To her grandson Alfred Lacks Carter, the most important thing about HeLa cells is how they have advanced cancer research — a fitting tribute, given that Lacks died of the disease. Many people have also told him that they were able to conceive a child because of in vitro fertilization, which was developed with the help of HeLa cells. “They were taken in a bad way but they are doing good for the world,” he says. And they do so for people of all ethnicities.
Over the past decade, scientists and the Lacks family have worked together to establish stronger rules to govern the use of these precious specimens. But there is still much work to be done.
First is action on consent. NIH director Francis Collins has signalled that he wants the research community to consider changing the Common Rule, the set of policies that protect human participants in research funded by the US government2.
This revision would require consent to be obtained from anyone from whom biological specimens are taken before the samples are used in research — even if the specimens are “deidentified” from the person they came from.
Earlier efforts to make this change failed in 2017, but now is the time to revisit the Common Rule, and to reconsider the question of consent. In the past, some researchers have warned that this would impose additional burdens. But a compromise must be found. The last time the US Department of Health and Human Services worked to revise the Common Rule, it proposed a series of other changes at the same time; perhaps one way forward is to tackle the question of consent for biospecimens on its own, and with thorough discussion involving not only scientists, but also the public.
A second, separate step must be to acknowledge and undo the disparities that are baked into basic research — because the systemic racism that existed when Lacks’s cells were taken still exists today.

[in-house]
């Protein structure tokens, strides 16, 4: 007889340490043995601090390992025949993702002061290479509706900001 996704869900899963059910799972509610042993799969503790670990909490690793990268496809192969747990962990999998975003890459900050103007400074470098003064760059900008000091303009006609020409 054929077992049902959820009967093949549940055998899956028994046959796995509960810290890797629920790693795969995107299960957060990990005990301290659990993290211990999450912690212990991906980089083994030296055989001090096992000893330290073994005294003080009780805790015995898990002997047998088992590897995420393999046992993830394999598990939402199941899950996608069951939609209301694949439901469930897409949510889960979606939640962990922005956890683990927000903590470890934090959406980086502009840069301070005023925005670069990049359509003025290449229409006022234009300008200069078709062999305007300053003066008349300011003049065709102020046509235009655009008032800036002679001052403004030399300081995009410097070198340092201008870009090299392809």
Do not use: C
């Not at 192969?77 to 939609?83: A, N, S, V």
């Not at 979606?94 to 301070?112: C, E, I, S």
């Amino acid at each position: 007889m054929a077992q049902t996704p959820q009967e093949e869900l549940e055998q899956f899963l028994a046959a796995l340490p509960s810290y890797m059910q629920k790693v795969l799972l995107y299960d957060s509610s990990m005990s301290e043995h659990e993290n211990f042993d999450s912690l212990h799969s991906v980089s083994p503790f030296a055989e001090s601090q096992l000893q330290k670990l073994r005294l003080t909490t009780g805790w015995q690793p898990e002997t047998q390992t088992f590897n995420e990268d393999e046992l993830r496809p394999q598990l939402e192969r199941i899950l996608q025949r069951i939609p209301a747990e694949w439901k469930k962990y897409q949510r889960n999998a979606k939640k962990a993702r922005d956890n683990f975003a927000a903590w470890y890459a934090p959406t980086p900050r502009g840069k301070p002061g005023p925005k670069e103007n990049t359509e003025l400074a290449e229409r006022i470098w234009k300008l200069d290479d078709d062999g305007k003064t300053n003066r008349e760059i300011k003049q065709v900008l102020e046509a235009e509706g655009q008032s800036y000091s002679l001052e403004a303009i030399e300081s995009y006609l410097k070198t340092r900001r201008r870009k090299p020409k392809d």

In the current climate of reckoning with racial injustice, some researchers who use HeLa cells have concluded that they should offer financial compensation. For example, a laboratory at the University of California, San Diego, and a UK-based biomedical company have announced donations to the Henrietta Lacks Foundation, which was established in 2010 by Rebecca Skloot, the author of a book about Lacks. The foundation awards grants both to Lacks’s descendants and to family members of others whose bodies have been used without consent for research. Other institutions and researchers must examine whether — and how — their own work builds on past injustices. And they must consider how best to make amends.
COVID-19, a disease that is disproportionately affecting Black people in a number of countries, offers an opportunity for those who wish to usher in a fairer era of research. To give back now, researchers should not only study why the disease is more prevalent and severe among Black people, but also help to implement solutions to close the gap. And, once a vaccine is available — possibly as a result of work with HeLa cells — researchers must work with marginalized communities to see that it reaches those who need it most.
The fact that Lacks’s cells were taken in a different era of consent will never justify what happened. The past cannot be undone, but we must acknowledge the wrongs of previous generations, and those wrongs that persist today. Justice must be done, and the time to start is now.
Nature 585, 7 (2020)